Of course, if those various voices are selected in such a way that they form too much of a “choir” or “chorus” this advantage is diminished: there’s no great benefit to hearing a dozen or two versions of group-think. And while the individual voices in a group may in fact propose usefully distinct ideas, there’s always the possibility that some key factor or factors will be overlooked, because a single world-view is operating where a true polyphony would require a deeper and richer diversity.
Is Persian Incursion more practical, having a greater emphasis on actual force projection? Is Osiraq Redux more realistic, having a wider set of expertises to draw on?
For the sake of completeness, I should mention that a game not unlike the Brookings game of 2009 was played by a similarly qualified group at the behest of the Atlantic magazine in 2004, as reported by James Fallows. I was particularly intrigued by this piece because Mike Mazaar, with whom I once collaborated briefly, was playing SecDef.
What I’d hope for from ZP’s readers would be some discussion of these two different approaches to gaming, and of gaming itself– along with scenario planning — as a means of exploring possible futures where the impact downstream may be considerable.
The piece of the puzzle that I fear may be missing from both games, as those who know me will have guessed, is the potential influence of messianism — from the Israeli / Judaic, the U.S. / Christian Zionist, and the Iranian / Mahdist sides. But then I generally expect the seriousness of millennial aspirations to be discounted, and try to keep track of those things accordingly myself.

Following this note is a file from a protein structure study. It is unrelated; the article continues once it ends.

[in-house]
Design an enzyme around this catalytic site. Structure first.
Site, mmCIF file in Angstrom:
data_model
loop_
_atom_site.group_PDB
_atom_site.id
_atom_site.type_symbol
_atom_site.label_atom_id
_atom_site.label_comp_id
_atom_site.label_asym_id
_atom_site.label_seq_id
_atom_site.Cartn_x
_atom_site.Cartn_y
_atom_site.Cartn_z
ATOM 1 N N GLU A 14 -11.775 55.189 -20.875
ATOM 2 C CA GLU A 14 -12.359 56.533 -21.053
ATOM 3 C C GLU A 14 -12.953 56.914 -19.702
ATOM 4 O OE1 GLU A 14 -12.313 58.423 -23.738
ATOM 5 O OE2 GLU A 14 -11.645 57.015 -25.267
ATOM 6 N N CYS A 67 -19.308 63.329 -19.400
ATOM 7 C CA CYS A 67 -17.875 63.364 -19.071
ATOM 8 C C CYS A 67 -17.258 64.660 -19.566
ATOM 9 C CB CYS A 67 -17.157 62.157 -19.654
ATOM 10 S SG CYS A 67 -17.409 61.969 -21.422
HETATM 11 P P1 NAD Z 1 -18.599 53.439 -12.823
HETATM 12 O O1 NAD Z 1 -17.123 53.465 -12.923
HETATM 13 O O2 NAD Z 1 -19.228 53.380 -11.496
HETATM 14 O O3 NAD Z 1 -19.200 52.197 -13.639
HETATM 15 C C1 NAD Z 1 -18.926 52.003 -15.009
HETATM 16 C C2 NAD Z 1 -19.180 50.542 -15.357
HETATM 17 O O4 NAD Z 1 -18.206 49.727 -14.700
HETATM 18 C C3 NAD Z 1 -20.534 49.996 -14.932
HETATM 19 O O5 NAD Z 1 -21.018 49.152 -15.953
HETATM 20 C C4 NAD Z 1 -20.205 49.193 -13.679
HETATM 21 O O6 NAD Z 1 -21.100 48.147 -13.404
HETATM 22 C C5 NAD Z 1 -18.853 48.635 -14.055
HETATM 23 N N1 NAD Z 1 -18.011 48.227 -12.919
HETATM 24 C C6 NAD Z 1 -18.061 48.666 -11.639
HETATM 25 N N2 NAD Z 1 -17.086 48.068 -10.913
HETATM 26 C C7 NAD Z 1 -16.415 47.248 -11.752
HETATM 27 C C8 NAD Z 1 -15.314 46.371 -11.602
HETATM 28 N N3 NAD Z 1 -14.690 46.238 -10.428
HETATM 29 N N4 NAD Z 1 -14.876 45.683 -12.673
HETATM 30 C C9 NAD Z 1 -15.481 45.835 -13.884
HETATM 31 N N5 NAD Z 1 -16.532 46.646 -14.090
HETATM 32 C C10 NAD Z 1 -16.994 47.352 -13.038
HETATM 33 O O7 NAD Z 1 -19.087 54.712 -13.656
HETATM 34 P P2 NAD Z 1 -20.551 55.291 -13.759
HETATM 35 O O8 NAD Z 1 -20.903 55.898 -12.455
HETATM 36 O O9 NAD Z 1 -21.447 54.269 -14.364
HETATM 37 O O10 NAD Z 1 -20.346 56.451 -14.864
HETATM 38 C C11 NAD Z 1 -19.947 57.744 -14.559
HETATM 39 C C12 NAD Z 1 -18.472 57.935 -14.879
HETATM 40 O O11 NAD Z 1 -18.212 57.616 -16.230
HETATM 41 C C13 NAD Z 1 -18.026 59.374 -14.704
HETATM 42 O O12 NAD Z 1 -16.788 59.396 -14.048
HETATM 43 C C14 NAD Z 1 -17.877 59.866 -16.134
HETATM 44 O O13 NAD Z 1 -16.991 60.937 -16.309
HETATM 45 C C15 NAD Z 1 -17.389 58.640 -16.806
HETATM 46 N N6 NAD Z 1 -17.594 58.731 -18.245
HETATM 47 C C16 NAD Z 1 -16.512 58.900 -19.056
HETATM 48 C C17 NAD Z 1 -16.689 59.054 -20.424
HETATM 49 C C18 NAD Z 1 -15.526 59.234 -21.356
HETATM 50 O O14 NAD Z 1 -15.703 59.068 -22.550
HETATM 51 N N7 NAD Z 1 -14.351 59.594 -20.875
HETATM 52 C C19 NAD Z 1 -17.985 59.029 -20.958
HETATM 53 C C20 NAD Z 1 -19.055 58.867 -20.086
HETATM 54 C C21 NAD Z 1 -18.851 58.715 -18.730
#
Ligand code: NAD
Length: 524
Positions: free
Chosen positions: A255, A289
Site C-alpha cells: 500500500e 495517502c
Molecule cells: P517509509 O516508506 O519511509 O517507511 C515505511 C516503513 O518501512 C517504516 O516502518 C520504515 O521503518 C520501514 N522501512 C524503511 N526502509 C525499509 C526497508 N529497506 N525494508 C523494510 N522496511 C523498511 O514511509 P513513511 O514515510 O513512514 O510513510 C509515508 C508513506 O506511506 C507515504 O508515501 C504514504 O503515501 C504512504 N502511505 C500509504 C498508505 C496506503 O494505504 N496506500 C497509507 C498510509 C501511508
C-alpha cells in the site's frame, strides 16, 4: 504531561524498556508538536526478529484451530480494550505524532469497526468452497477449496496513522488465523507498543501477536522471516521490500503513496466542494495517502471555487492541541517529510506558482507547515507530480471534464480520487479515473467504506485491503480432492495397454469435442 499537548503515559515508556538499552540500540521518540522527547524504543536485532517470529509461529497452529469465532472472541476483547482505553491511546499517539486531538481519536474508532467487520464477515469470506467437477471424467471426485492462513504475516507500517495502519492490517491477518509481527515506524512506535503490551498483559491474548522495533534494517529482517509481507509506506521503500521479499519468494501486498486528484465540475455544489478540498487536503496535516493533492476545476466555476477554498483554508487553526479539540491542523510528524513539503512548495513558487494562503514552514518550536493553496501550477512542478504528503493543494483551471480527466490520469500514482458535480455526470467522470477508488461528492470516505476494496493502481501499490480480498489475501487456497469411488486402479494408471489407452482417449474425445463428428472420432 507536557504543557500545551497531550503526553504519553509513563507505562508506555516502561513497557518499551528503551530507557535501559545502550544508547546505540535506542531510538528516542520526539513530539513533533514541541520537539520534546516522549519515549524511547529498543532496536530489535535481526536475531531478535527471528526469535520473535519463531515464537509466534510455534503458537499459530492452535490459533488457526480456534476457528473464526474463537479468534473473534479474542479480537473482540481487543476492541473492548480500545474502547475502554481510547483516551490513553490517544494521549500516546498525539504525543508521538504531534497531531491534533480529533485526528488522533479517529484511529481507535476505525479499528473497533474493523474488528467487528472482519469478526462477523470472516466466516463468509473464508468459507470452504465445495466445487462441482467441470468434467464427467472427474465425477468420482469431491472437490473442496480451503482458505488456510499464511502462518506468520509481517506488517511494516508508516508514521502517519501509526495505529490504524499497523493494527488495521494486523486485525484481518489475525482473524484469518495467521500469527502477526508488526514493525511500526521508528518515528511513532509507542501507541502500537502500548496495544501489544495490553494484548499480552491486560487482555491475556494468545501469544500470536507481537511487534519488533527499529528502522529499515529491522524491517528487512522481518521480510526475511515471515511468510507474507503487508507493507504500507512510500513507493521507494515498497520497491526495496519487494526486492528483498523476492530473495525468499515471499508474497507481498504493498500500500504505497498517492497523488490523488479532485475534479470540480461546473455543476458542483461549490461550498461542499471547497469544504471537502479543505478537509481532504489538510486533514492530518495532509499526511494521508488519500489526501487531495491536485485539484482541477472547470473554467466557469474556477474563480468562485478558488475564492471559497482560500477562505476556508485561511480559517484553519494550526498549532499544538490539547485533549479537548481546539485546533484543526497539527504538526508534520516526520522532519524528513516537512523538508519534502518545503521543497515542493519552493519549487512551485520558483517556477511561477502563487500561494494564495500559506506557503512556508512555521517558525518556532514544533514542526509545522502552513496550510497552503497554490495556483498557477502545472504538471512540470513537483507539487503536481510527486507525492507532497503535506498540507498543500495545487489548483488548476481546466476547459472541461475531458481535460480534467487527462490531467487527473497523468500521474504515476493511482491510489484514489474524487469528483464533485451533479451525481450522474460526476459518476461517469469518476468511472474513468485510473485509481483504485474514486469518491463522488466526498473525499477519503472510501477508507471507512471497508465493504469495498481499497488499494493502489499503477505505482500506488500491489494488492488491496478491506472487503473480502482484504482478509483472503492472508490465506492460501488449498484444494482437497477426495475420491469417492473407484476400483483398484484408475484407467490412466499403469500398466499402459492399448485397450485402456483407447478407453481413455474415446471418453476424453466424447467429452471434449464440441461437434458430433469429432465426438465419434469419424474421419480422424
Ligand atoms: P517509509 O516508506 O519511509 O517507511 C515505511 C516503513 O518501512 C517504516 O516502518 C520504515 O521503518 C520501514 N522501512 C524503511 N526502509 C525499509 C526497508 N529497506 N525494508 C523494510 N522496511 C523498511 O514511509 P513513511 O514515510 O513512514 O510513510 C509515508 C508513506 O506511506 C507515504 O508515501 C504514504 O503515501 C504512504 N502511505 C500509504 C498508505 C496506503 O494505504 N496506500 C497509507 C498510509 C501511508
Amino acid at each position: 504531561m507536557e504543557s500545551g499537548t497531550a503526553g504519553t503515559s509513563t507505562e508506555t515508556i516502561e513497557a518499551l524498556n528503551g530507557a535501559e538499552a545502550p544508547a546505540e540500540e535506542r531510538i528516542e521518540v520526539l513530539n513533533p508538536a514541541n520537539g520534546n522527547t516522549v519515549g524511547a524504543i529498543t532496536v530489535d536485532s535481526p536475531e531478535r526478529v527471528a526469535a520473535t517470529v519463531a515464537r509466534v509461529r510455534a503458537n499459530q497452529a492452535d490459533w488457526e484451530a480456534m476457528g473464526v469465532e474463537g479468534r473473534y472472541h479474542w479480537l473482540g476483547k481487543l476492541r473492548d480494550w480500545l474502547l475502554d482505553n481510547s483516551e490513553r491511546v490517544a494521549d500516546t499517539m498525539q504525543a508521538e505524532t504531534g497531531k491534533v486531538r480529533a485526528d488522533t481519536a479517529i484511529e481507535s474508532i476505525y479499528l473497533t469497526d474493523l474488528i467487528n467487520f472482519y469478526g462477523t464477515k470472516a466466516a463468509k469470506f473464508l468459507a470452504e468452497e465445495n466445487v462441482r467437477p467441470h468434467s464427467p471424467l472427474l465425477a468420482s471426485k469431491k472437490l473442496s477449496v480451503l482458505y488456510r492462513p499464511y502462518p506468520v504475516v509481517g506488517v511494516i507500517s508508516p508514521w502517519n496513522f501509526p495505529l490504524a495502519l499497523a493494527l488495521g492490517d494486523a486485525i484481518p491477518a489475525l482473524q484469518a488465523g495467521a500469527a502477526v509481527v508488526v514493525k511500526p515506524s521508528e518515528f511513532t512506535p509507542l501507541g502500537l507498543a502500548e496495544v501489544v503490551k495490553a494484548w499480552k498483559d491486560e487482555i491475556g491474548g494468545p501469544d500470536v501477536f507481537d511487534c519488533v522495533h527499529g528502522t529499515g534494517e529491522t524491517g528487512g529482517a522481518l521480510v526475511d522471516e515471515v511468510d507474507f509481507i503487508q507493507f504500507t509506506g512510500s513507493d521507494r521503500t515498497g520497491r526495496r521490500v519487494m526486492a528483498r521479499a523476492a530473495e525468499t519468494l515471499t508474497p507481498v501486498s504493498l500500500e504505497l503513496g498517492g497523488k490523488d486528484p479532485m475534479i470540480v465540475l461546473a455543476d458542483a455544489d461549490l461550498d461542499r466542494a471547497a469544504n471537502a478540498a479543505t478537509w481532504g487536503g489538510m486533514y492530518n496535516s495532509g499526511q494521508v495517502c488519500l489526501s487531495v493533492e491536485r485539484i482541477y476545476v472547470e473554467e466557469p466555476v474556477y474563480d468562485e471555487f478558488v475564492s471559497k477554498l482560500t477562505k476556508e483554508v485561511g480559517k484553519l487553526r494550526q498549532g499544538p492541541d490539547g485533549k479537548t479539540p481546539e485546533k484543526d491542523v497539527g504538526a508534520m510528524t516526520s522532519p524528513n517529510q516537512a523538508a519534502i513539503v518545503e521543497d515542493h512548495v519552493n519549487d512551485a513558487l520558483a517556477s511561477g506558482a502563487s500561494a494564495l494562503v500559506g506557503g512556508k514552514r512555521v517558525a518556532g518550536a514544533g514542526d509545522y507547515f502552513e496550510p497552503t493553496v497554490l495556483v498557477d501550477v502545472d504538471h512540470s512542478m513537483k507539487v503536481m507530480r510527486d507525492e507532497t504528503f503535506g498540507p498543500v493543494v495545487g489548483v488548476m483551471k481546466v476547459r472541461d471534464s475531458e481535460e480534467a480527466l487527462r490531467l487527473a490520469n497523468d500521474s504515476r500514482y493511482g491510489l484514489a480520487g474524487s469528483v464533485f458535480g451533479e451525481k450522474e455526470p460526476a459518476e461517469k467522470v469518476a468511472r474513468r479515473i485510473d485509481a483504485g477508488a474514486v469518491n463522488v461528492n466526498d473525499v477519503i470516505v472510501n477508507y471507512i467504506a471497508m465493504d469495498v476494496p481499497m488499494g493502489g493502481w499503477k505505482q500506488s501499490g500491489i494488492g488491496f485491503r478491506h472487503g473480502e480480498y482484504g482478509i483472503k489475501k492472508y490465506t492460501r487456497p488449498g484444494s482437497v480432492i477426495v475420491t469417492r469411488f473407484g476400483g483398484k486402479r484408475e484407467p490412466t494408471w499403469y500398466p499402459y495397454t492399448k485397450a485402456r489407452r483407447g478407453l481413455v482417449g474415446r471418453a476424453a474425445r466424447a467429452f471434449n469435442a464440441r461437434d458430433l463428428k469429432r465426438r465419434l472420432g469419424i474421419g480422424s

Three puzzle pieces that I would find relevant would be:
(i) the Ayatollah Khamenei‘s fatwa “that the production, stockpiling and use of nuclear weapons are forbidden under Islam and that the Islamic Republic of Iran shall never acquire these weapons”;
(ii) Timothy Furnish‘s observation:
The Leader of the Islamic Republic of Iran, Ayatollah Ali Khamenei has issued the Fatwa My own study of both geopolitics and of Shi`i traditions on the 12th Imam leads me to conclude that the clerical regime does NOT believe in nuking Israel (or anyone else), because while the Mahdi will return at a time of great violence and upheaval, there is no Shi`i teaching that creating such bloodshed would induce Allah to send him. Also, I think the ayatollahs are crazy like foxes, not literally crazy-and they know full-well what would be the Israeli (and perhaps American ) response to any use of nuclear weapons against Israel. The Mahdi would not be happy to return and rule over a radioactive wasteland..
For more detail, see also Furnish’s A Western View on Iran’s WMD Goal: Nuclearizing the Eschaton, or Pre-Stocking the Mahdi’s Arsenal?
and (iii) Benjamin Netanyahu‘s statement in opening the Knesset:
Our policy is guided by two main principles: the first is “if someone comes to kill you, rise up and kill him first,” and the second is “if anyone harms us, his blood is on his own hands.”
The first is “im ba l’hargekha, hashkem l’hargo” — a well-worn phrase that can be found in the Talmud and derives from Exodus; I’m unsure whether the second — “If anyone harms us, his blood is on his own hands” — comes from a Talmudic source, or whether it is an abbreviated restatement of Ezekiel 33 1-9.
Some trivia for good measure…
As Michael Peck points out, the game’s graphic designers write Persian Incursion using a faux-Devanagari script more properly associated with Sanskrit and Hindu sources than Iranian Shi’ism…a minor pity, that.
And ha! — I’m left wondering whether the title, Persian Incursion, came to Larry Bond or his crew out of the ethers — or whether someone had been watching…